2 Main St
Bradford, PA 16701
A free concert, “An Evening of Baroque and Beyond,” will be held at 7 p.m. Nov. 8 at the Marilyn Horne Museum and Exhibit Center, the first in a new chamber concert series.
The concert will feature violinist Kim Whitney and harpsichordist Mark Lungershausen playing a selection of works by Hayden, Mozart, J.S. Bach, and Handel.
“We’re excited to offer this concert series to the community,” said Matthew Hileman, the museum’s manager. “In keeping with Marilyn Horne’s vision to support the art of recital and classical performance, it was one of my first priorities to create a chamber concert series that would feature regional musicians at no charge to our local community.”
“An Evening of Baroque and Beyond” is the first of six chamber concerts that will take place monthly at Marilyn Horne Hall. Each concert will have its own repertoire and will vary in size and scope from duets to quintets and vocalists. The Nov. 8 performance will be held in the intimate setting of the museum’s theater, which was created to resemble the Baroque elegance of Venice’s famed Teatro la Fenice.
Whitney and Lungershausen are both residents of Olean, N.Y. Whitney has performed numerous solo recitals throughout her career. As a freelance instrumentalist in the Central Florida area, she performed with many artists, including Luciano Pavarotti, Liberace, Henry Mancini, Andy Williams and Ray Charles. She has served as concertmaster and principal with orchestras from Central Florida to Western New York and is the executive director of the Southern Tier Symphony.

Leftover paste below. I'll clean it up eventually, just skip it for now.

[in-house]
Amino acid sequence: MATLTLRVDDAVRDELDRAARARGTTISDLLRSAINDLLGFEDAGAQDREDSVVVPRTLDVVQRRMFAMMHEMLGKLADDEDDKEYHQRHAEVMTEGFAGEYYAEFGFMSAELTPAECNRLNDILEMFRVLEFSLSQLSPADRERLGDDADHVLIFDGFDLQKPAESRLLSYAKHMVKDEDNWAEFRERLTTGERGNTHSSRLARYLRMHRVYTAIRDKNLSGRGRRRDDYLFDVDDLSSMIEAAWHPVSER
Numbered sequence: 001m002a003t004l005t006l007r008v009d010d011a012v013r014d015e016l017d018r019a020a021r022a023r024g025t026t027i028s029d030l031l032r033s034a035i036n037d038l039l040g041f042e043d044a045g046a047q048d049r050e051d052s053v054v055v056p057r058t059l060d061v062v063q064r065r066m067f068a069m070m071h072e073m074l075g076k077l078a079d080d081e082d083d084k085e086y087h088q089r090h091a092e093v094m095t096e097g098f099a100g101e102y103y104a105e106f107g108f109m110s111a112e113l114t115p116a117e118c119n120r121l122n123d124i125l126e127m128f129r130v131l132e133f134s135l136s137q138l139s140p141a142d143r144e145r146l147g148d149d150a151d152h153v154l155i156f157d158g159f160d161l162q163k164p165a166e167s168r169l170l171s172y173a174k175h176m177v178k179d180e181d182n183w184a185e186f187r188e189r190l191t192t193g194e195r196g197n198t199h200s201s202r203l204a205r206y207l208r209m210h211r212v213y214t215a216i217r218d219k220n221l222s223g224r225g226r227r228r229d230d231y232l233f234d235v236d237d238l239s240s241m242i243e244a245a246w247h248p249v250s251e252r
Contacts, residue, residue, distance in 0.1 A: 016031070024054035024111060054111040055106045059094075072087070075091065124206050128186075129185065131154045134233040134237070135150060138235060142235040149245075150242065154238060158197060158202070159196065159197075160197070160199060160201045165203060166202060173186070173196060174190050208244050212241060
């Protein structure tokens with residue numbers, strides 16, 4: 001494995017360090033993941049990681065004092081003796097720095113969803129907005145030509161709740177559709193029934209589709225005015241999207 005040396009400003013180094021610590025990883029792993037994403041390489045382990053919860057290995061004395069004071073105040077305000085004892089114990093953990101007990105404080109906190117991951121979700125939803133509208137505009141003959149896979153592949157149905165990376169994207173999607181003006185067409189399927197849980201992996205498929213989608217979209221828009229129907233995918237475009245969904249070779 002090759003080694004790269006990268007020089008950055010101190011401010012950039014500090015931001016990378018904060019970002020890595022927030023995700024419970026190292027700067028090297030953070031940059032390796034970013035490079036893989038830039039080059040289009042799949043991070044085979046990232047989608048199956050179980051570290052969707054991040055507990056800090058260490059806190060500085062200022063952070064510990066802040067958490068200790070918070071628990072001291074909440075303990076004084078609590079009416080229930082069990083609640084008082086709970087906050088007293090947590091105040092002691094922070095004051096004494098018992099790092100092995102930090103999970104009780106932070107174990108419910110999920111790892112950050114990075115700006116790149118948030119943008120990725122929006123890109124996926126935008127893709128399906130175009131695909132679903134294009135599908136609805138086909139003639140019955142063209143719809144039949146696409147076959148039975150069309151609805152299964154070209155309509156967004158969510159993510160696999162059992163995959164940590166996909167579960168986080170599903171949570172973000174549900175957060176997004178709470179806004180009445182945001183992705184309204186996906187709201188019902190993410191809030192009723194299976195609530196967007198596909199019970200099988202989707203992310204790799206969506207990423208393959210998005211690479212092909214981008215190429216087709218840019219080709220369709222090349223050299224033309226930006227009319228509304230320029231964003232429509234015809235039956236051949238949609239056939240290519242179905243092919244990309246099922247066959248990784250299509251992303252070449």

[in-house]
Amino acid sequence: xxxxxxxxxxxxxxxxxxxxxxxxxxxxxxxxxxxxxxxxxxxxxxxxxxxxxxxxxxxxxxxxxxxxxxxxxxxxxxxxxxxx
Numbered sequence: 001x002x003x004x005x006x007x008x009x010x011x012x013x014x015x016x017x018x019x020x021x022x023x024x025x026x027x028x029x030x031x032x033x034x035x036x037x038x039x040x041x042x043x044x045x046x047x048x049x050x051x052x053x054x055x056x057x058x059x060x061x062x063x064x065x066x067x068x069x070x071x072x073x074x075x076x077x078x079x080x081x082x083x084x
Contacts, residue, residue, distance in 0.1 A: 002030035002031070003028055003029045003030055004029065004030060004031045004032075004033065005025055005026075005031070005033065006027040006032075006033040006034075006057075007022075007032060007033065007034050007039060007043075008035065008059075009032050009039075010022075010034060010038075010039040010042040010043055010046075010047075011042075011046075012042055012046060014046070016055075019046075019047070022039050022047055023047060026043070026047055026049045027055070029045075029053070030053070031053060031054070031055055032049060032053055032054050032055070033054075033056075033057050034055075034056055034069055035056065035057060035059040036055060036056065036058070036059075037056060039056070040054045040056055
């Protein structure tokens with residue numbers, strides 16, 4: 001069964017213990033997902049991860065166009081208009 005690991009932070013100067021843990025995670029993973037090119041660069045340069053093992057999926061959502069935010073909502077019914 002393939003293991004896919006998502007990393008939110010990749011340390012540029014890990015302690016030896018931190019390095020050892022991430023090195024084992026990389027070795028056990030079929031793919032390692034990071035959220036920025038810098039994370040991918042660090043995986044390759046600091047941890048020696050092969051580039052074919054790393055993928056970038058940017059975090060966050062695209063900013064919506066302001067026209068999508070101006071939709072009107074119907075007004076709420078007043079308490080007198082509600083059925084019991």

Lungershausen is in his 14th year of teaching music at Hinsdale (N.Y.) Central School. He holds a Master of Music Education from Boston University. Specializing in keyboard instruments, Lungershausen plays both piano and harpsichord with the Southern Tier Symphony and Southern Tier Swing Band. On Nov. 8 he will be bringing his John Challis single-manual harpsichord to play in the museum’s theater.
The Marilyn Horne Museum Chamber Concert Series is provided in part by a grant from The Year of Healthy U. The World Health Organization defines health as “a state of complete physical, mental and social well-being and not merely the absence of disease or infirmity.”
Scientific studies have shown that classical music can have a positive impact on adults and children suffering from stress, high blood pressure, depression, anxiety and even epilepsy. This concert series is designed to offer classical music experiences to both newcomers to the genre and seasoned patrons.
Space is for this event is very limited. Reservations are required. More information can be found on the museum’s website, marilynhorne.org.